AMMAN — Jordan on Friday marks the 61st anniversary of the death of His Majesty King Abdullah I (1882-1951), who was assassinated as he was entering Al Aqsa Mosque in Jerusalem for Friday prayers.
King Abdullah I, the founder of the Kingdom, led the Arab forces of the Great Arab Revolt with his brothers Ali, Feisal and Zeid against the Ottoman Empire.
By the end of World War I, he assumed the Throne of Transjordan, which was formed in 1921, establishing the first centralised government out of a mostly tribal and nomadic society.
Over the next 30 years, the King focused on nation building and developing the institutional foundations of modern Jordan.
He is also remembered for promulgating Jordan’s first Constitution in 1928 and holding the country’s first parliamentary elections in 1929.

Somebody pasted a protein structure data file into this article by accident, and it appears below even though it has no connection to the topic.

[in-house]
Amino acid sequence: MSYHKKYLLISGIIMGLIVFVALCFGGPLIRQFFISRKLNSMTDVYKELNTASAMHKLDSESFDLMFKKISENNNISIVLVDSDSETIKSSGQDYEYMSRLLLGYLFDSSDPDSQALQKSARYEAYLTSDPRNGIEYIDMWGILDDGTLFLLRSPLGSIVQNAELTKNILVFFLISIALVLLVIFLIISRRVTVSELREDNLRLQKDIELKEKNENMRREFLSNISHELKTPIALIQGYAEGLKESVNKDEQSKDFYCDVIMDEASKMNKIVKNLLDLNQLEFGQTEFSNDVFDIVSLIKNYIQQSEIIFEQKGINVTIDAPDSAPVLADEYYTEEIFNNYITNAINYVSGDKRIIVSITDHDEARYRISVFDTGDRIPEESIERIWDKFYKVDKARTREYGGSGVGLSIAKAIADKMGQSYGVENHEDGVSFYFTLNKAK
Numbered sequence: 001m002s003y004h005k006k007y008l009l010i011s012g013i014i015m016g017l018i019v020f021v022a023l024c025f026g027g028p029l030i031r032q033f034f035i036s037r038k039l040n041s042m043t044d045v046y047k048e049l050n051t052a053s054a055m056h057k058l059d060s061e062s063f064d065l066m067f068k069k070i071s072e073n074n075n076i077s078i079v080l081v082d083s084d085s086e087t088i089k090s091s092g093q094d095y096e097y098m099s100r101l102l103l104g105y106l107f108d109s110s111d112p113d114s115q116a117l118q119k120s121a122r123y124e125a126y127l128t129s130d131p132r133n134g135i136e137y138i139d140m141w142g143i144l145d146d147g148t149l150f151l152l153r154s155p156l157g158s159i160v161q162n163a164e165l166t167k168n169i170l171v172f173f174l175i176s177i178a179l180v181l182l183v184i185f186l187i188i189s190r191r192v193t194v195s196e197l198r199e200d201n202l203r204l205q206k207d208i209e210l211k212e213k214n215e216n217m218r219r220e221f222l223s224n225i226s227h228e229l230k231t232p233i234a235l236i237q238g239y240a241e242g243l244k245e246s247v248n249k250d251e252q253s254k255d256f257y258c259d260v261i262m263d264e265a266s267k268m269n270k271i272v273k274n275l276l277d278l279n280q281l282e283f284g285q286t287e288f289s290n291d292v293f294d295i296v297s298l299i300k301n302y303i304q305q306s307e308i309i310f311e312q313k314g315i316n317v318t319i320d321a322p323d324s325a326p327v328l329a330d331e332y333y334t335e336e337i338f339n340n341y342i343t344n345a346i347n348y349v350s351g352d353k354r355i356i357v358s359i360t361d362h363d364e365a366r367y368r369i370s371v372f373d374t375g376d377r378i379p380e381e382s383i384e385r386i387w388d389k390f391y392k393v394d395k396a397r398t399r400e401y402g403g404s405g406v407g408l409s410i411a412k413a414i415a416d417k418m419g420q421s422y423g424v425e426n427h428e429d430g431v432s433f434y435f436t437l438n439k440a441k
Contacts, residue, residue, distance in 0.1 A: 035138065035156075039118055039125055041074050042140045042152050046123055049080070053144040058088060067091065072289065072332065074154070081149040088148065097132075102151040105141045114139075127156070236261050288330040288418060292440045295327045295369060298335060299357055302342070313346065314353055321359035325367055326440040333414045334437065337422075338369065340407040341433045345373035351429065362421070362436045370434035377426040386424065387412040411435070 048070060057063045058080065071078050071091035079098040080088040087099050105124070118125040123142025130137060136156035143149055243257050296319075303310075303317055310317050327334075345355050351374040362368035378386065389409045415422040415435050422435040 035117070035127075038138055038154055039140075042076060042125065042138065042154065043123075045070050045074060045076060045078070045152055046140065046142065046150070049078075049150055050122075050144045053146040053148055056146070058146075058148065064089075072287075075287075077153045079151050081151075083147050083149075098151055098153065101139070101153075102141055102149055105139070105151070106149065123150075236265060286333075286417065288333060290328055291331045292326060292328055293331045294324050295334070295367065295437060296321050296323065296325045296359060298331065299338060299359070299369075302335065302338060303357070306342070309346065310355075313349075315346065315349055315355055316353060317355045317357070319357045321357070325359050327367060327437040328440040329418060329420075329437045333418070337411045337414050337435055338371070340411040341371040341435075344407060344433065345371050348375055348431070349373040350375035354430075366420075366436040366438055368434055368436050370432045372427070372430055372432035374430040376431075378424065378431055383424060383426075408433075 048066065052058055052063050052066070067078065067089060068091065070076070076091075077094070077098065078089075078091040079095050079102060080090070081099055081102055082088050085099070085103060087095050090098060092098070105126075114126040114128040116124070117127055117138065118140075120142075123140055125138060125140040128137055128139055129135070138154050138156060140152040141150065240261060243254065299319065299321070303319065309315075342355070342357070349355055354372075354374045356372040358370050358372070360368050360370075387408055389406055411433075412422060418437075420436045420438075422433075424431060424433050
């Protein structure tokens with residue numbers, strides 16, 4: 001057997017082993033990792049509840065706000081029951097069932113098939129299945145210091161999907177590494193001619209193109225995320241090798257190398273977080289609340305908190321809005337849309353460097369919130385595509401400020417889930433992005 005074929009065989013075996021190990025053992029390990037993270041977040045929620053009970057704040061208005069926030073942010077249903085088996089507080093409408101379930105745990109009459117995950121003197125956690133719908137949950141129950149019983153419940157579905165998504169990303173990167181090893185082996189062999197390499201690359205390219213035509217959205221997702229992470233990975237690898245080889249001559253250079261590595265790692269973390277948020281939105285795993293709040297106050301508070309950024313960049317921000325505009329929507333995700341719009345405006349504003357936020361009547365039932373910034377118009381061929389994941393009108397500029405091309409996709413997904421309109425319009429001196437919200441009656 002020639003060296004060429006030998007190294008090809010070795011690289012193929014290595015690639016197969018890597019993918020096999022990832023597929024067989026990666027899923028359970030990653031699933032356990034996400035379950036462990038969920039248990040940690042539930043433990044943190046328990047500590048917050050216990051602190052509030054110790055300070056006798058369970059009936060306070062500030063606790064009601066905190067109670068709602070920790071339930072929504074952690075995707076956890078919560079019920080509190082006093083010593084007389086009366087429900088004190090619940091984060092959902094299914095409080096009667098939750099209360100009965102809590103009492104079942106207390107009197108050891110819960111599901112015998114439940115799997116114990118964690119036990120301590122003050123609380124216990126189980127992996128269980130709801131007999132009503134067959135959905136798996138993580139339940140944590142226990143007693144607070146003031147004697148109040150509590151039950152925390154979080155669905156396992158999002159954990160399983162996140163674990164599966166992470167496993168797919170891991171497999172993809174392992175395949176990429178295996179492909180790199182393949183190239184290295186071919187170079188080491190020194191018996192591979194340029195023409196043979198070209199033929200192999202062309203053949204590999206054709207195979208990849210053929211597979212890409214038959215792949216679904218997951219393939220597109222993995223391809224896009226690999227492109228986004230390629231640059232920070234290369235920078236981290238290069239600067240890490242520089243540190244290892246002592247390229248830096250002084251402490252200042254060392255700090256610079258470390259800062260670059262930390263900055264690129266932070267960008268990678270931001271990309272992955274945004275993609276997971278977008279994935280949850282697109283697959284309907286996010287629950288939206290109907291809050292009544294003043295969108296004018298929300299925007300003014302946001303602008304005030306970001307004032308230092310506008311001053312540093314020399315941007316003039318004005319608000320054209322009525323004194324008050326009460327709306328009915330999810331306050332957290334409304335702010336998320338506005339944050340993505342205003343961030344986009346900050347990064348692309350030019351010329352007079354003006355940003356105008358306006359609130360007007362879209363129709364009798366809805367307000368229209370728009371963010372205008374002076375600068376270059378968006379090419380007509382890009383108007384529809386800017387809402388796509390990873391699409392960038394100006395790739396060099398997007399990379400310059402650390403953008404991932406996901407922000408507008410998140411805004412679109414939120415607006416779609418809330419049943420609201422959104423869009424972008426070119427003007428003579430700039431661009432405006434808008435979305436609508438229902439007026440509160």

Also during these three decades, the King presided over a series of Anglo-Transjordanian treaties culminating in the 1946 Anglo-Transjordanian Treaty, ending the British mandate and granting the new Hashemite Kingdom of Jordan full independence.
The late King laid down the basis for democracy in the Kingdom and called for political pluralism.
The first political party was formed during his reign.
He used to meet with poets, writers and scholars and discuss the country’s affairs with them.